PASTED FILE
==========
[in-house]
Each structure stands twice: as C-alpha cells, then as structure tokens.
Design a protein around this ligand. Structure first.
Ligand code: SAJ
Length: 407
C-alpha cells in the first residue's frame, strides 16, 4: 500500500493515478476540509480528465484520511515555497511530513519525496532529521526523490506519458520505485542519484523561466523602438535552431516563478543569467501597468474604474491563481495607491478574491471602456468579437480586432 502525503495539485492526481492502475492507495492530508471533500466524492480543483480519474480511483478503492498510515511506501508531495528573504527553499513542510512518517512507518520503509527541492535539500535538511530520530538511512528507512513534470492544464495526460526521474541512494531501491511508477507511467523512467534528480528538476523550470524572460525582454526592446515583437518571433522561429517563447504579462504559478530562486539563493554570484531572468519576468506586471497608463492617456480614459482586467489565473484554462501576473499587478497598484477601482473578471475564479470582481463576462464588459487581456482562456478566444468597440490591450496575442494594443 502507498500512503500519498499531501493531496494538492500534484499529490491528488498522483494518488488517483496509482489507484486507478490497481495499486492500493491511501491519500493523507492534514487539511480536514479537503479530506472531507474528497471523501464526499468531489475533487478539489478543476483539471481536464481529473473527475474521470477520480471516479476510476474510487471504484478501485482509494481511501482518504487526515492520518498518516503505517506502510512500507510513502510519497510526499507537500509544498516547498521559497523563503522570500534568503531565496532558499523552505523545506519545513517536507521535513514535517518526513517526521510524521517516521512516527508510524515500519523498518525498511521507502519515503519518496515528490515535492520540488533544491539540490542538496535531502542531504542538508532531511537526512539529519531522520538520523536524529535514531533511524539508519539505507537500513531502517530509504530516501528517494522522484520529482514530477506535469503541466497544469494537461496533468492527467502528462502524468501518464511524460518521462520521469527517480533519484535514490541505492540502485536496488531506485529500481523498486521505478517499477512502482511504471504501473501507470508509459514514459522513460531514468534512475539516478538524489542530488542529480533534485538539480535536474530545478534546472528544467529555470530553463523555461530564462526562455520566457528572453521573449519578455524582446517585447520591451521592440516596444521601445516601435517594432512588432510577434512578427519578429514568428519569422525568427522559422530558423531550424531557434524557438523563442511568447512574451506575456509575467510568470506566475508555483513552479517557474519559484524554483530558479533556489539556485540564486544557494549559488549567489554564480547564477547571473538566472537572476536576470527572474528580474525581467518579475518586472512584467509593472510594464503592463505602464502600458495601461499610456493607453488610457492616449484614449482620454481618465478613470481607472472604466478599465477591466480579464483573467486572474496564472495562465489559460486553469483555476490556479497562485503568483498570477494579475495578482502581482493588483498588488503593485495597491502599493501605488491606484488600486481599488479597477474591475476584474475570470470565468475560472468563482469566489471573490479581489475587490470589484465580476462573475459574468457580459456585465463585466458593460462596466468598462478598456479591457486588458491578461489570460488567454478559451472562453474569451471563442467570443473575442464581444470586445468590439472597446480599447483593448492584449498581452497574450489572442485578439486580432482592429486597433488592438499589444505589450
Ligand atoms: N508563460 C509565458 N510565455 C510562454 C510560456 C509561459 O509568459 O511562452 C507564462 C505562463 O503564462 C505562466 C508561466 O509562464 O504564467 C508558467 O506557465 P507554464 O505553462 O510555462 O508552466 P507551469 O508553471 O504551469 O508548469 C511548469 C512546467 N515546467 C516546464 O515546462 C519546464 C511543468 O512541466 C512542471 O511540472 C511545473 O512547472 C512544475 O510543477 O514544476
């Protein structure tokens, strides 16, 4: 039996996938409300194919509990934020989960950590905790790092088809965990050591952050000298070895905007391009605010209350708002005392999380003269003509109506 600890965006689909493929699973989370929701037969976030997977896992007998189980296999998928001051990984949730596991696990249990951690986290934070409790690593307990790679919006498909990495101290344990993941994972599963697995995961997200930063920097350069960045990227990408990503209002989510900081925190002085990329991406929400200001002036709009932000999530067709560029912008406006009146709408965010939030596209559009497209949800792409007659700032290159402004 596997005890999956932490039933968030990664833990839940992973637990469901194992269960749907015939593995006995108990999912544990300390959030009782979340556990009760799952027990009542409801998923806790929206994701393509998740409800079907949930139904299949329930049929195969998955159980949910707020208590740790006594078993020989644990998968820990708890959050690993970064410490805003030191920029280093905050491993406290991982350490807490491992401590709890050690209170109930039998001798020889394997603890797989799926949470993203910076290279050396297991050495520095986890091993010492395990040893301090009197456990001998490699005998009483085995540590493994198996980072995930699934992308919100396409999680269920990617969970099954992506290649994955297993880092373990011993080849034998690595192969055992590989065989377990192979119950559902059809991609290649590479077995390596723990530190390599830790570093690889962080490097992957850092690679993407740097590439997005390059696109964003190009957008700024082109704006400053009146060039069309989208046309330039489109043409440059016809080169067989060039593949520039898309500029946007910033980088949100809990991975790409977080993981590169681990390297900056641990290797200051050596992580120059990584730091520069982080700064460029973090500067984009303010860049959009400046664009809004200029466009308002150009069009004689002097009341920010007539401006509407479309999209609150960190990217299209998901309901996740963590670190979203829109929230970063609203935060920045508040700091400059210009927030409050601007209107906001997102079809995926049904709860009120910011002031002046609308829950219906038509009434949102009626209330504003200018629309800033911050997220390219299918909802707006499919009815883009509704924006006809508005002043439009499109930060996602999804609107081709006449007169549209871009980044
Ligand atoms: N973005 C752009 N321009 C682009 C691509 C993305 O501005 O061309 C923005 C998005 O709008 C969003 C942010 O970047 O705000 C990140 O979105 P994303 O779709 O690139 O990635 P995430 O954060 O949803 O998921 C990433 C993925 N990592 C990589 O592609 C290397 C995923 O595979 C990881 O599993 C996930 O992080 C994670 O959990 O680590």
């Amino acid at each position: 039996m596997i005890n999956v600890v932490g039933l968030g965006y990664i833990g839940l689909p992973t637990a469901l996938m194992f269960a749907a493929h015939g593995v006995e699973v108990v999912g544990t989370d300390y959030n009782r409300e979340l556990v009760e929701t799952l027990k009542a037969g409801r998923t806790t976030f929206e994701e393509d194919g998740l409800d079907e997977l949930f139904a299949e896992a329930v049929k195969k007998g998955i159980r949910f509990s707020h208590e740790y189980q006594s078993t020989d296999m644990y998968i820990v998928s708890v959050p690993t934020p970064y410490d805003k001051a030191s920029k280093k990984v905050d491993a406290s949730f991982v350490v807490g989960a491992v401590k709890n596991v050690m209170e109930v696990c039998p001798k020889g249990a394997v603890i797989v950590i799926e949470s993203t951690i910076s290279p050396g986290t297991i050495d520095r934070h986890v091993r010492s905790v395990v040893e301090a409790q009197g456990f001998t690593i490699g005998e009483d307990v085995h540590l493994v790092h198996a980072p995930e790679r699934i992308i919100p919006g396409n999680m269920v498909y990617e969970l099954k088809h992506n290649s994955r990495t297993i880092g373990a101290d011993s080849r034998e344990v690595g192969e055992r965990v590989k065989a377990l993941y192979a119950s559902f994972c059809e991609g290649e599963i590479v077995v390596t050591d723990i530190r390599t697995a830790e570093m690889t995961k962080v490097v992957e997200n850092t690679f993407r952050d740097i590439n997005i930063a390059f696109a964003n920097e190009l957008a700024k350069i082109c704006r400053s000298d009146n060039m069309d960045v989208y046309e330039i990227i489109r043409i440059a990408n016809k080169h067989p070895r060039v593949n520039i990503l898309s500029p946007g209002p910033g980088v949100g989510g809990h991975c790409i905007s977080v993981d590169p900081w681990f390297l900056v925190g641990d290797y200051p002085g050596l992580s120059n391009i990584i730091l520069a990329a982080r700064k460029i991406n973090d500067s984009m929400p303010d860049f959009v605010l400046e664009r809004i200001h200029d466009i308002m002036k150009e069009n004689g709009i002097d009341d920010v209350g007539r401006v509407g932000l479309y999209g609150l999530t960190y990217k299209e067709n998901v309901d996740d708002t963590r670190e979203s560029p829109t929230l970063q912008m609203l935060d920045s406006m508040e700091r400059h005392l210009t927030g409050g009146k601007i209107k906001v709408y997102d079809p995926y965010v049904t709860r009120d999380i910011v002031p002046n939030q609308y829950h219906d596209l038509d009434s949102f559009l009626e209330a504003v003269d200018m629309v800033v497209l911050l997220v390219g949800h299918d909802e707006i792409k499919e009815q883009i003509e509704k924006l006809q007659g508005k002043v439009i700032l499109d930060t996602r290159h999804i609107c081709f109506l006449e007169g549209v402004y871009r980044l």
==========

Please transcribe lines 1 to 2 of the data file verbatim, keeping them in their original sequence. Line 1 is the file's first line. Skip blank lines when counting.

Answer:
[in-house]
Each structure stands twice: as C-alpha cells, then as structure tokens.